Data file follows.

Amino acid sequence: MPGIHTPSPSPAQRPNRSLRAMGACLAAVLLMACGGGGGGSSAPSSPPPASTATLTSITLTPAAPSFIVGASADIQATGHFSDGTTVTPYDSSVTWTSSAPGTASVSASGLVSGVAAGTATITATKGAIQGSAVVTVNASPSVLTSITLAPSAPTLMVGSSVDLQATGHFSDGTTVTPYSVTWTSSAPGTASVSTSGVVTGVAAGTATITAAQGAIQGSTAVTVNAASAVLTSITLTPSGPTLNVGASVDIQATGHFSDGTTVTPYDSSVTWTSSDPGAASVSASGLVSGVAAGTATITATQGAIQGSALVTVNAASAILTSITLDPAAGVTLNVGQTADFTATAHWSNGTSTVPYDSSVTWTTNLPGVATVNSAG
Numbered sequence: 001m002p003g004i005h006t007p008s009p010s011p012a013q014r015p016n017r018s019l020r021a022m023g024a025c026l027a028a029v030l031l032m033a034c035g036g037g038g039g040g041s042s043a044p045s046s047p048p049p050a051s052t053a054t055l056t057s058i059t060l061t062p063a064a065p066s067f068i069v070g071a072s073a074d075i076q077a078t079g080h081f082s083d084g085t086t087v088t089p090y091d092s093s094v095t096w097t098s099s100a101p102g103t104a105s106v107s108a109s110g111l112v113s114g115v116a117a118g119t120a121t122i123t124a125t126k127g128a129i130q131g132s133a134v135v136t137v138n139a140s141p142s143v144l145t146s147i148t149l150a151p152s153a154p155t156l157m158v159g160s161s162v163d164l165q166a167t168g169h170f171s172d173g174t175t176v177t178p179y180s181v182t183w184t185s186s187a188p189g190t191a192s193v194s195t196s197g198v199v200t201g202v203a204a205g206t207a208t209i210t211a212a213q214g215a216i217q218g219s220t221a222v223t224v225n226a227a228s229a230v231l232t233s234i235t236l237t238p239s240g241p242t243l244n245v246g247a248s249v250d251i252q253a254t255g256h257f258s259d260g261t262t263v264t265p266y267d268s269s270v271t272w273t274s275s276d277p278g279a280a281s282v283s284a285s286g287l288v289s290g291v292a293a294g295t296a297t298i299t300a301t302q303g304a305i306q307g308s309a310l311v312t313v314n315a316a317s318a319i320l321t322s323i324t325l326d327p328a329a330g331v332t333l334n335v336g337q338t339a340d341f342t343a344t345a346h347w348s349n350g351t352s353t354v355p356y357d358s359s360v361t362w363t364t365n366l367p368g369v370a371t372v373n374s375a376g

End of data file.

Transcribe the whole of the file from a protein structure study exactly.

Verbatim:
Amino acid sequence: MPGIHTPSPSPAQRPNRSLRAMGACLAAVLLMACGGGGGGSSAPSSPPPASTATLTSITLTPAAPSFIVGASADIQATGHFSDGTTVTPYDSSVTWTSSAPGTASVSASGLVSGVAAGTATITATKGAIQGSAVVTVNASPSVLTSITLAPSAPTLMVGSSVDLQATGHFSDGTTVTPYSVTWTSSAPGTASVSTSGVVTGVAAGTATITAAQGAIQGSTAVTVNAASAVLTSITLTPSGPTLNVGASVDIQATGHFSDGTTVTPYDSSVTWTSSDPGAASVSASGLVSGVAAGTATITATQGAIQGSALVTVNAASAILTSITLDPAAGVTLNVGQTADFTATAHWSNGTSTVPYDSSVTWTTNLPGVATVNSAG
Numbered sequence: 001m002p003g004i005h006t007p008s009p010s011p012a013q014r015p016n017r018s019l020r021a022m023g024a025c026l027a028a029v030l031l032m033a034c035g036g037g038g039g040g041s042s043a044p045s046s047p048p049p050a051s052t053a054t055l056t057s058i059t060l061t062p063a064a065p066s067f068i069v070g071a072s073a074d075i076q077a078t079g080h081f082s083d084g085t086t087v088t089p090y091d092s093s094v095t096w097t098s099s100a101p102g103t104a105s106v107s108a109s110g111l112v113s114g115v116a117a118g119t120a121t122i123t124a125t126k127g128a129i130q131g132s133a134v135v136t137v138n139a140s141p142s143v144l145t146s147i148t149l150a151p152s153a154p155t156l157m158v159g160s161s162v163d164l165q166a167t168g169h170f171s172d173g174t175t176v177t178p179y180s181v182t183w184t185s186s187a188p189g190t191a192s193v194s195t196s197g198v199v200t201g202v203a204a205g206t207a208t209i210t211a212a213q214g215a216i217q218g219s220t221a222v223t224v225n226a227a228s229a230v231l232t233s234i235t236l237t238p239s240g241p242t243l244n245v246g247a248s249v250d251i252q253a254t255g256h257f258s259d260g261t262t263v264t265p266y267d268s269s270v271t272w273t274s275s276d277p278g279a280a281s282v283s284a285s286g287l288v289s290g291v292a293a294g295t296a297t298i299t300a301t302q303g304a305i306q307g308s309a310l311v312t313v314n315a316a317s318a319i320l321t322s323i324t325l326d327p328a329a330g331v332t333l334n335v336g337q338t339a340d341f342t343a344t345a346h347w348s349n350g351t352s353t354v355p356y357d358s359s360v361t362w363t364t365n366l367p368g369v370a371t372v373n374s375a376g